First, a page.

Huawei Technologies will release its first mobile phone pre-installed with Huawei Mobile Service, the Chinese telecoms giant’s own operating system, in Europe next week, as the company takes firm action to wean itself from Google’s Android.
The smartphone will be part of the Shenzhen-based company’s latest Honor V30 series. It will offer a full raft of proprietary services including Huawei Mobile Cloud, Huawei AppGallery, Huawei Browser, Huawei Video, Huawei Themes and Huawei ID.
Huawei has scrambled to develop its own OS after a trade ban imposed last May by the US Department of Commerce meant it could no longer use Android’s hardware and software. Google’s key apps, including Play Store, Google Maps, Facebook and YouTube, will no longer be accessible on the latest Huawei phones, greatly affecting the general user experience.
“The success of HMS will directly influence Huawei’s overall performance in 2020,” Jia Mo, analyst at the market research agency Canalys, told Yicai Global.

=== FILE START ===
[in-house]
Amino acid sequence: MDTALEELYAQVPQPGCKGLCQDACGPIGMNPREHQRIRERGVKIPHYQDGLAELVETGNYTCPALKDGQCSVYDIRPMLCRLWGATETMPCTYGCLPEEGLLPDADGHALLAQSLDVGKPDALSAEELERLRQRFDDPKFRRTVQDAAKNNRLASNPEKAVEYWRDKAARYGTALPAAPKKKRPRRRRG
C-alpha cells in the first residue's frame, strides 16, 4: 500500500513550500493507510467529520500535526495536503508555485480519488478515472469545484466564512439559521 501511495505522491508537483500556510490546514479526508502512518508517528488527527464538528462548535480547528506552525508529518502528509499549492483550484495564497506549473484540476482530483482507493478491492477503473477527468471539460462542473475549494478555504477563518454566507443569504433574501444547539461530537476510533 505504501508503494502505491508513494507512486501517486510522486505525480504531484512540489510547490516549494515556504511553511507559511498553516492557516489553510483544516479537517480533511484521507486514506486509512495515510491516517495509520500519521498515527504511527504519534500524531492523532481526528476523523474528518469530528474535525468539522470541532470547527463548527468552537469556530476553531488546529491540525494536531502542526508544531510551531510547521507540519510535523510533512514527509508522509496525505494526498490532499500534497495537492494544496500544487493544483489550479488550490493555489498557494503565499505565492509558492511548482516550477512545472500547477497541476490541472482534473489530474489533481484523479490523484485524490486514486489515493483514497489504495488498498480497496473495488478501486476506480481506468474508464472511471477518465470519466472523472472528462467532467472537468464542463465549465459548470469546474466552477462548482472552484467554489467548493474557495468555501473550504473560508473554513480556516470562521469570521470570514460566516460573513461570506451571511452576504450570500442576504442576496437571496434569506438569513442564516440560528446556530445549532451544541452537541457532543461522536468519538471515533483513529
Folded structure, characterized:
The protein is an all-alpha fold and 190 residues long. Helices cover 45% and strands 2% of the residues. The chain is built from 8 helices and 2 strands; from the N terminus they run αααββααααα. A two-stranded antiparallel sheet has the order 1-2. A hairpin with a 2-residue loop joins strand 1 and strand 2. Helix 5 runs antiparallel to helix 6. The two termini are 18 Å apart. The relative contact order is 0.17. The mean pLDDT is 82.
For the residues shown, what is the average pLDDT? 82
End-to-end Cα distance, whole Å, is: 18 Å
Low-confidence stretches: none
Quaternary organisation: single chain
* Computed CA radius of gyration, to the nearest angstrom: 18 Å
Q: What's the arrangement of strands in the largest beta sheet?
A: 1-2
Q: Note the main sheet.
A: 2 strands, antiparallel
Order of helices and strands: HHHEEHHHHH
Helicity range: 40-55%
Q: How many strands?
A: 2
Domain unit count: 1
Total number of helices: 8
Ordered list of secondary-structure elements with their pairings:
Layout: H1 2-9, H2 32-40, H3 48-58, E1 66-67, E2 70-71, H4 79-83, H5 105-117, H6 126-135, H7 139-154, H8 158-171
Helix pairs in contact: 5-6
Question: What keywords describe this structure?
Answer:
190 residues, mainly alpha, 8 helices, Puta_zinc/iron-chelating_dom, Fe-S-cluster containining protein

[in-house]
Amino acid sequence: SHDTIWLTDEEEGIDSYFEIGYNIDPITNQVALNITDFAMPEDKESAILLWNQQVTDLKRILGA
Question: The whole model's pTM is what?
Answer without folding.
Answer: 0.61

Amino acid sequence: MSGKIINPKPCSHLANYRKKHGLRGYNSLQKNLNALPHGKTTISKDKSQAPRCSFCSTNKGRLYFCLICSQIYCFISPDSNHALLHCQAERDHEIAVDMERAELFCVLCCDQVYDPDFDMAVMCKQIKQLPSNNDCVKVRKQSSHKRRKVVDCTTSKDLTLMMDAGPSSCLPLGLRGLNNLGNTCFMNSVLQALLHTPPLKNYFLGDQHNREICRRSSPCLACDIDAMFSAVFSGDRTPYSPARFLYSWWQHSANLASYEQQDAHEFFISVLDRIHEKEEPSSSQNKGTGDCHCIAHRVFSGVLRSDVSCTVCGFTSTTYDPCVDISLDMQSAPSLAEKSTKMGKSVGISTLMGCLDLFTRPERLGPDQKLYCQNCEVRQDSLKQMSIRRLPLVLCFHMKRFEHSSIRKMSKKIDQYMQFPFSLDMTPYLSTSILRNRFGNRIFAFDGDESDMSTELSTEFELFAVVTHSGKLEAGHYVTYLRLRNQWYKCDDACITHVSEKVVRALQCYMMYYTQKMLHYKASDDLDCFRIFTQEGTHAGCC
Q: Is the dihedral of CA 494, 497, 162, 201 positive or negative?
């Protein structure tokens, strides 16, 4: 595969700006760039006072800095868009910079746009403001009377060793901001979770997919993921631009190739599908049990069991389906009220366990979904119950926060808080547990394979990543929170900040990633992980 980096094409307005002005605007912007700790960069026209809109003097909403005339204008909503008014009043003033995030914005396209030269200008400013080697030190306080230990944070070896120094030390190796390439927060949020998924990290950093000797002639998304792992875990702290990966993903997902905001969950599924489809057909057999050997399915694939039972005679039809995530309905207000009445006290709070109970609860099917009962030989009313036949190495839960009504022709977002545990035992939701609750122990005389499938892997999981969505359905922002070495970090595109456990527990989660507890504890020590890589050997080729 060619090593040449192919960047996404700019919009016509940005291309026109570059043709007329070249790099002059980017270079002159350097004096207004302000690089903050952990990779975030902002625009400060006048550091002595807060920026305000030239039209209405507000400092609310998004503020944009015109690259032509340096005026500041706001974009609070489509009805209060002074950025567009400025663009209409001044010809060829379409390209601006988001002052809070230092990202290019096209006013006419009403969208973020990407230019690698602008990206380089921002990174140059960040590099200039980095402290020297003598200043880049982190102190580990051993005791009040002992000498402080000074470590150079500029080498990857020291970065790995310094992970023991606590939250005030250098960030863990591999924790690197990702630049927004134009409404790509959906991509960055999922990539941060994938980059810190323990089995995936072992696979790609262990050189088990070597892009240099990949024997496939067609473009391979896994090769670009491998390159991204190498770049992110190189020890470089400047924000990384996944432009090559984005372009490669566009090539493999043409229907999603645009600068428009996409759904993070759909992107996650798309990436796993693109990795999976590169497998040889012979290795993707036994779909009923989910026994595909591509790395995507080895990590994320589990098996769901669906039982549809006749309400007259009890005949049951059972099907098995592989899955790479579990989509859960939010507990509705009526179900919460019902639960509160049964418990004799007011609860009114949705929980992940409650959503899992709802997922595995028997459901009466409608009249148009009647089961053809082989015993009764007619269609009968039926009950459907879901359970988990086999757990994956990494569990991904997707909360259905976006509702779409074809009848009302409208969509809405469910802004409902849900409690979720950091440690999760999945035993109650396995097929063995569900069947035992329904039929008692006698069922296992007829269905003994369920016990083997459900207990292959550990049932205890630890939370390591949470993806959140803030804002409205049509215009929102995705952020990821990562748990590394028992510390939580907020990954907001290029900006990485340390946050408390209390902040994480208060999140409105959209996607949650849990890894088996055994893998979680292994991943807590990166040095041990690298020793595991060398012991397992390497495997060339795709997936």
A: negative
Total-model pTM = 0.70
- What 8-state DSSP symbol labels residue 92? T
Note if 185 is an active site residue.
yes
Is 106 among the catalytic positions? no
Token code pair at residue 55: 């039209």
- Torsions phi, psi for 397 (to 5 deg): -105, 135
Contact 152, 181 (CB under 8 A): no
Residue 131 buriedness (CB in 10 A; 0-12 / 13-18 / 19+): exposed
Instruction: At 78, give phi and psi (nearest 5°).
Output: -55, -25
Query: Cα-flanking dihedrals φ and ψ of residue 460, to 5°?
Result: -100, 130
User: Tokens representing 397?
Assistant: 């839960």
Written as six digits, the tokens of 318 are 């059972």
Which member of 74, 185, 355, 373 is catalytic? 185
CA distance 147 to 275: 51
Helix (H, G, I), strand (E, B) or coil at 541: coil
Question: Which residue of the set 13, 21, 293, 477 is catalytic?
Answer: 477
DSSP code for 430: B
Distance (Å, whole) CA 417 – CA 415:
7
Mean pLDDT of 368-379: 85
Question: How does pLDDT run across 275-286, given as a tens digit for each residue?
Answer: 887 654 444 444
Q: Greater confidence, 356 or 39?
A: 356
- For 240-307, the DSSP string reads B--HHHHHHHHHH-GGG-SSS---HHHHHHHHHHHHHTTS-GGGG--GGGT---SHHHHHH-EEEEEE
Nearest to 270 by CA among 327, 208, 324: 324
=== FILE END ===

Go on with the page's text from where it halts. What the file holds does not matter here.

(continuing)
Huawei is working with software developers to support HMS, but it is still very difficult to obtain support for some overseas mainstream software, Jia said. The ecosystem that was proposed last year, however, has attracted many high-quality developers to join, a company insider told Yicai Global.
Whether the new OS will be an accepted replacement to Google’s Android remains to be seen. So far the HMS system has more than 600 million active users in over 170 countries, including 72 million users in Europe and the UK, the insider said.
Huawei’s overseas sales fell 25 percent in the fourth quarter from a year earlier, according to Canalys. Last year they were down 3 percent from the year before to 98.6 million handsets. Contrast that with a 35 percent gain in domestic sales in 2019 to 142 million units.
The firm has reintroduced some older models which still have Google certification, but the company cannot bank on these to cement its market as they have lower configurations than more recent phones, Jia added.